2. DON’T be generic in your opening paragraph (or anywhere else)
According to Business Insider, employers know when you use the same cover letter over and over again. If your opening paragraph rehashes the same song and dance that you use for every other cover letter, then forget about getting an interview.
Customize your message. A noteworthy cover letter format includes a first paragraph that is designed to pique the reader’s interest. Don’t waste this space. Set the stage here so that employers know that the rest of our letter will prove that you understand the role and how your skills could contribute to it.
3. DO use the body paragraphs to make a case for your candidacy
The best cover letter formats use the body paragraphs as a platform to assert the jobseeker’s fit for the role.
Don’t worry, this part is easy! All you have to do is refer directly to the job post and explain how your talents and experiences relate to their needs. There’s no need to be sly. Go ahead and write statements like, “You need a goal-oriented store manager who prioritizes store sales. Allow me to explain how I exemplified those traits when I managed the West Hollywood Banana Republic store.”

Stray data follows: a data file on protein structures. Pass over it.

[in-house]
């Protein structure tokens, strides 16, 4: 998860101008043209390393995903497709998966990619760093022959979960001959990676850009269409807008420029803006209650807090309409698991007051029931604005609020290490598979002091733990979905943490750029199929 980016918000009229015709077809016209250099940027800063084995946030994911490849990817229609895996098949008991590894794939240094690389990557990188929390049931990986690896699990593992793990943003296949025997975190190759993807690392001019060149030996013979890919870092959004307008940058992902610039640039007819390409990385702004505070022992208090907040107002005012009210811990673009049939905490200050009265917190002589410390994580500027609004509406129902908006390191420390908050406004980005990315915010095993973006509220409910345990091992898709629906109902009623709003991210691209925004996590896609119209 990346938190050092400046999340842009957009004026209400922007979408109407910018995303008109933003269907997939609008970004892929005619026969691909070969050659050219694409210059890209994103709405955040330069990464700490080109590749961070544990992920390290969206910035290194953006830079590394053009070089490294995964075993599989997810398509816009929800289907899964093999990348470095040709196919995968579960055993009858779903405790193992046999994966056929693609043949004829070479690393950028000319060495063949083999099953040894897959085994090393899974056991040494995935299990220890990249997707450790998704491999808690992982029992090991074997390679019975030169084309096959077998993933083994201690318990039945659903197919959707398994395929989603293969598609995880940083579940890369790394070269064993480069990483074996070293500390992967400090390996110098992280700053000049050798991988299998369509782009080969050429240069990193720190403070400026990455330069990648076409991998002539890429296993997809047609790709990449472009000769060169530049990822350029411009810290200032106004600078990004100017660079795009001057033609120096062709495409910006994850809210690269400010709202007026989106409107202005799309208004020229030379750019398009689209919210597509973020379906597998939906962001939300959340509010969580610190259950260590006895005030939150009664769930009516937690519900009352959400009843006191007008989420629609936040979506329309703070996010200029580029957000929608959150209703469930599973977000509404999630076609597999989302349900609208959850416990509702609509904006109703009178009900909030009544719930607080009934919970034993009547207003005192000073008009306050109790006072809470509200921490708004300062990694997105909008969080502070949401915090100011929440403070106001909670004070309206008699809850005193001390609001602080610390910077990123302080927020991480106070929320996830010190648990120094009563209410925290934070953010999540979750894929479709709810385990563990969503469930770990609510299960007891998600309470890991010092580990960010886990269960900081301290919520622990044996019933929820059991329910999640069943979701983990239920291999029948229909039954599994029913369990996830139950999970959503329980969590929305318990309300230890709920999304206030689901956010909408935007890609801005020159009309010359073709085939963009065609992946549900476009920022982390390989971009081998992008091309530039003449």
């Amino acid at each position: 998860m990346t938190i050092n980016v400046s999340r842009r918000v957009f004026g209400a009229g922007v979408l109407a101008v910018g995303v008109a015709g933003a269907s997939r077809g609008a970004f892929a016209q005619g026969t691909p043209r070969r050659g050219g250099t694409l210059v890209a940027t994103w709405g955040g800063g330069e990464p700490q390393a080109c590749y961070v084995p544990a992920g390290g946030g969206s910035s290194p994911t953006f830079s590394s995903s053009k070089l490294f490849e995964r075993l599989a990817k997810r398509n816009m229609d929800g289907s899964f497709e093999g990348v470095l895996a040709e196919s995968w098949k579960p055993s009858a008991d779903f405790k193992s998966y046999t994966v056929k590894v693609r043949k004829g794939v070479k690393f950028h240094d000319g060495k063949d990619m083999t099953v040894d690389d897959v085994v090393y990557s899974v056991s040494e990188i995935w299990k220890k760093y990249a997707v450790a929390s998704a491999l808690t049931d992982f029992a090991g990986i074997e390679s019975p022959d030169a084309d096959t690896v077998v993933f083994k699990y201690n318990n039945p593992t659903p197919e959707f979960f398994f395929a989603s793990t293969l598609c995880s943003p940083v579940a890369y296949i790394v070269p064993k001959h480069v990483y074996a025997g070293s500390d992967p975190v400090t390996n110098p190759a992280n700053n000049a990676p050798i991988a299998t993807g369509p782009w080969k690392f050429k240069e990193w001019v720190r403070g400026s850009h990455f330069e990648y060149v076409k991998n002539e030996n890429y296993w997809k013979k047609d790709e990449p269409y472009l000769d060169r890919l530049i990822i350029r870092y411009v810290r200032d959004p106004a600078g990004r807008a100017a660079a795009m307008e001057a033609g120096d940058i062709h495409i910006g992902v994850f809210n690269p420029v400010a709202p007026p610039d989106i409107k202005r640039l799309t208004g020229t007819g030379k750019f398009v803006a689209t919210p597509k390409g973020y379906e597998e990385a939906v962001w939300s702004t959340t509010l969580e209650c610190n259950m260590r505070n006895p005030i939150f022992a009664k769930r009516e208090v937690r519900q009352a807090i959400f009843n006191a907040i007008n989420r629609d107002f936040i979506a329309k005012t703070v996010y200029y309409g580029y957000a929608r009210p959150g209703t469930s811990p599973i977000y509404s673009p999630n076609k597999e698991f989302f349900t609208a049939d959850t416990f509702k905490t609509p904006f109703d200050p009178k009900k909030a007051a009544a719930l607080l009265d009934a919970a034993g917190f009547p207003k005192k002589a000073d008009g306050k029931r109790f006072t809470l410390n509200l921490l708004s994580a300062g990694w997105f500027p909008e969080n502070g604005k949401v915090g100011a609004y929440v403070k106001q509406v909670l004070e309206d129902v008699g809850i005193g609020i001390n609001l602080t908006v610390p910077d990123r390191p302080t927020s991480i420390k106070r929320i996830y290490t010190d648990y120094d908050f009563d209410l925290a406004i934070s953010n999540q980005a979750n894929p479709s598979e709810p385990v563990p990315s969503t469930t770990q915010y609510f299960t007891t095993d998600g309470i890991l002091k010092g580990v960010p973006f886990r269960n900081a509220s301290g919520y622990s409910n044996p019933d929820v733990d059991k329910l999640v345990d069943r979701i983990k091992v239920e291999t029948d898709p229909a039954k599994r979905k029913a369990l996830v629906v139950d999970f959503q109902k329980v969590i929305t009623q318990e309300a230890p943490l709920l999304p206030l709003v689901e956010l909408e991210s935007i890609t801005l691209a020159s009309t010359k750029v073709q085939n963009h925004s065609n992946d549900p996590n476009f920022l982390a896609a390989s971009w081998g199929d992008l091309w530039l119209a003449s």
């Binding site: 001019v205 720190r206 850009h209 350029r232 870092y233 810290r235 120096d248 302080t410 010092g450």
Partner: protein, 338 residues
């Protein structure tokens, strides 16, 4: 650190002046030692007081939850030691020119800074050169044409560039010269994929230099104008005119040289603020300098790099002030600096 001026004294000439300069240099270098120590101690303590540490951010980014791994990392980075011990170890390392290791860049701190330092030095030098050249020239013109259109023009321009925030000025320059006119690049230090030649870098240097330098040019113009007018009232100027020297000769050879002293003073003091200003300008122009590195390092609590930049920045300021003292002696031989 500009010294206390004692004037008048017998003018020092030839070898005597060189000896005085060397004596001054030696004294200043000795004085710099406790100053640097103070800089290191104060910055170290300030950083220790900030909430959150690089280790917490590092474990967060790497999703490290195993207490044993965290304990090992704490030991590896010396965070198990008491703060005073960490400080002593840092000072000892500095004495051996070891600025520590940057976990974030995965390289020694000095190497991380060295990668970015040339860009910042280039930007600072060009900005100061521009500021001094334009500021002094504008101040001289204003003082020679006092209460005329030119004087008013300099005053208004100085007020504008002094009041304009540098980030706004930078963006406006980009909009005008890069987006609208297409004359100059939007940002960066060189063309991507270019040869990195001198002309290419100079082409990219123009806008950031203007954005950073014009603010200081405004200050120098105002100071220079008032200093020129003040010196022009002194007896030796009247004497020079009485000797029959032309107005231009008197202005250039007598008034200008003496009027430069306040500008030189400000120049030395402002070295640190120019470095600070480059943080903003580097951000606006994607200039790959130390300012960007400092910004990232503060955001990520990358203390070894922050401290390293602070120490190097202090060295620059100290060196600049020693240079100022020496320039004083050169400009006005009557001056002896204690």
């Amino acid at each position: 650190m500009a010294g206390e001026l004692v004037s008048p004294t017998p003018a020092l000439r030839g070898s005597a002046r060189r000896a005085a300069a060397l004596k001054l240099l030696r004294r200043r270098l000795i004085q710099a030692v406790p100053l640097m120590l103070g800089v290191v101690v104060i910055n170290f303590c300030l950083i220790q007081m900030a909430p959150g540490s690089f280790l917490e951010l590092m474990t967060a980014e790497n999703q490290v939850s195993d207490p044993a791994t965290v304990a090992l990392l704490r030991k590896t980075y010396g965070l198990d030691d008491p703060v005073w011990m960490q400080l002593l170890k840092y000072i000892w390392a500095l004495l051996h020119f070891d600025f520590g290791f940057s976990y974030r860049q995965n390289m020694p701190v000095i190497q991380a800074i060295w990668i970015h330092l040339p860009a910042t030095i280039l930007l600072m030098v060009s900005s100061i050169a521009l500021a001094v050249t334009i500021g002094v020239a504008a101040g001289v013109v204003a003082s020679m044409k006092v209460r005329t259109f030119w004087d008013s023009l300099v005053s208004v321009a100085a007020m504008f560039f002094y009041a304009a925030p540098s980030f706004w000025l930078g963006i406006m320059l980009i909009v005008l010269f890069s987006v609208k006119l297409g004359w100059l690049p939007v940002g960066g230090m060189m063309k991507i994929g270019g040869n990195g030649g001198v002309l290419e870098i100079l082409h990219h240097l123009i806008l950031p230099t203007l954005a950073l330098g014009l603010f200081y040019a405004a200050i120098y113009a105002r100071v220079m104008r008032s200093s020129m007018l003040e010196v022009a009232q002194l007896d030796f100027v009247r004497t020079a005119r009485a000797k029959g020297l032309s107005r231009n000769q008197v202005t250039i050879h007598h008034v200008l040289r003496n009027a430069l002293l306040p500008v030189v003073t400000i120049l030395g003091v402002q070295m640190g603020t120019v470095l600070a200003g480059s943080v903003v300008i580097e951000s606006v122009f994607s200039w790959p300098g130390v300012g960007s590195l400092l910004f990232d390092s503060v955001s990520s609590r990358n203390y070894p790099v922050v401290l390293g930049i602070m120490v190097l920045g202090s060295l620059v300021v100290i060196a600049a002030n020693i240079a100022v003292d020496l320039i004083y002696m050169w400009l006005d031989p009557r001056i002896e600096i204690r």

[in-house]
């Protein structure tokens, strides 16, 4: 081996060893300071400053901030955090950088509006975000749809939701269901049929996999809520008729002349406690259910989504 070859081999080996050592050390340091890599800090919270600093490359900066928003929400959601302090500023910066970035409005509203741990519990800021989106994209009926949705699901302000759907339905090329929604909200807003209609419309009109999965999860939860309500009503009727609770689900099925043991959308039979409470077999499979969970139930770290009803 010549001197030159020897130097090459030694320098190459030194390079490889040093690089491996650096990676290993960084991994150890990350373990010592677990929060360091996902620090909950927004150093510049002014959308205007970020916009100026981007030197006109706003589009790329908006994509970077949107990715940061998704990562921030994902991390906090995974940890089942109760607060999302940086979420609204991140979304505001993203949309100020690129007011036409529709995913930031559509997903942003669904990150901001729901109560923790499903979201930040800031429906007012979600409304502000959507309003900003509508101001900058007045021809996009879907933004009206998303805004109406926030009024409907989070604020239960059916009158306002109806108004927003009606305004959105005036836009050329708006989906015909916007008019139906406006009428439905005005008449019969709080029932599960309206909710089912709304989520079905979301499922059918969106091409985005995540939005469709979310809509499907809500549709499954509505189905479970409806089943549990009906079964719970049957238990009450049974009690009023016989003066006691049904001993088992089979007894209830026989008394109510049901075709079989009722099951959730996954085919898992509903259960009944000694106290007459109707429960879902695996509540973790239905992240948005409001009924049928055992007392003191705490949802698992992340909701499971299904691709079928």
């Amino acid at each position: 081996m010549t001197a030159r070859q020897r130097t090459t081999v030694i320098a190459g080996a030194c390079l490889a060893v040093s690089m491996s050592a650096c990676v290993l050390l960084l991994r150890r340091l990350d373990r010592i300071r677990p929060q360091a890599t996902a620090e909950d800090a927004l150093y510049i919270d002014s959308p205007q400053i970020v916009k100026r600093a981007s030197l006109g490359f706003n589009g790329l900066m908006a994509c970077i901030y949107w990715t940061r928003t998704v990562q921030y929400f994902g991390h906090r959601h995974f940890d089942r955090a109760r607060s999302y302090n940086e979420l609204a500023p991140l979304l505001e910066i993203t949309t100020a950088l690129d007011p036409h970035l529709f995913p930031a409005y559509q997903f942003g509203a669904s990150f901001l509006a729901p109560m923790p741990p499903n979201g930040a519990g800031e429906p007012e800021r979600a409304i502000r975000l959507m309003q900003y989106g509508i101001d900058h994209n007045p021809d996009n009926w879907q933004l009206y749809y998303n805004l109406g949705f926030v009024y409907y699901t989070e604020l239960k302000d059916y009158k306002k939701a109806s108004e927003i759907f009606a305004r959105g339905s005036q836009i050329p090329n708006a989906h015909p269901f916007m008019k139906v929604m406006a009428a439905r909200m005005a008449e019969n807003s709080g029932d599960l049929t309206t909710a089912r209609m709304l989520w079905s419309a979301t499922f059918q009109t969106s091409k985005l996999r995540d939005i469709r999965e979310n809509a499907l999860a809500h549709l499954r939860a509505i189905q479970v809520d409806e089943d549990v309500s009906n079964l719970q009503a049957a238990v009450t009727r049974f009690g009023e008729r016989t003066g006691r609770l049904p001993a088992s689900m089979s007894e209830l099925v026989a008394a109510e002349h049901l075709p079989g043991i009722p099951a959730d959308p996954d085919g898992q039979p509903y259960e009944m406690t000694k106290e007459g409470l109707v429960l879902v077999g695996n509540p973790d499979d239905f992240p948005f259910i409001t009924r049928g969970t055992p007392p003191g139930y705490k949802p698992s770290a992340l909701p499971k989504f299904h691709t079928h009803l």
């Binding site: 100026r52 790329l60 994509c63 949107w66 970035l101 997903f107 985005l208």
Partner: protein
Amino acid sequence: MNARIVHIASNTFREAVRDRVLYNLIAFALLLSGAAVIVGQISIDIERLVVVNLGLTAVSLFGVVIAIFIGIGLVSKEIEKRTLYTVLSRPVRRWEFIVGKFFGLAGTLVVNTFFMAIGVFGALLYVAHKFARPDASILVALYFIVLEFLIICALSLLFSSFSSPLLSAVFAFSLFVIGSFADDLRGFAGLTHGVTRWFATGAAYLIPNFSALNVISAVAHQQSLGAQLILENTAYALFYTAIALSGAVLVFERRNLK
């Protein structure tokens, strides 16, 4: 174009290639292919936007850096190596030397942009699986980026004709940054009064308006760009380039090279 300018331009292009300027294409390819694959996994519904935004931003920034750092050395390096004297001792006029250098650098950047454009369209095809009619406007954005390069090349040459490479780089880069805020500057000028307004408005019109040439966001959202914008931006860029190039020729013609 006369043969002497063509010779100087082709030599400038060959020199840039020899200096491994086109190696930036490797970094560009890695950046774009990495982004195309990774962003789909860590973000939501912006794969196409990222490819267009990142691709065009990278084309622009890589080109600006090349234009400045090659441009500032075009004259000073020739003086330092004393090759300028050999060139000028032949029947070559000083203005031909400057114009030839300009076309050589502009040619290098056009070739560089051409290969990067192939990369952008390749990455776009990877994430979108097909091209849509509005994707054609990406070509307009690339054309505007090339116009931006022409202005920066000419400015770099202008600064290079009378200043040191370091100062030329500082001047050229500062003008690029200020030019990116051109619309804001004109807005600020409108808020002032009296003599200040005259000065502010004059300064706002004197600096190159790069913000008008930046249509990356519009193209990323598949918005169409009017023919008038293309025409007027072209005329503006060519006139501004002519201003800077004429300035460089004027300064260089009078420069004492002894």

Remember that customizing your letter is critical. Ensure that your body paragraphs specifically refer to the job post as often as possible.
4. DON’T waste space
Your cover letter format for 2018 should allow for lots of extra white space. It’s easy to get carried away in your body paragraphs and write too much.
Follow Roach’s advice and focus on “what you can offer and how you will be an asset; [that’s] not just stating what you think, but proving insight based on experiences you can provide examples of.”
As you write, ask yourself if all of your sentences demonstrate Roach’s advice. Not sure? Read what you wrote and identify the purpose each statement. Keep the job description close by as you assess this section.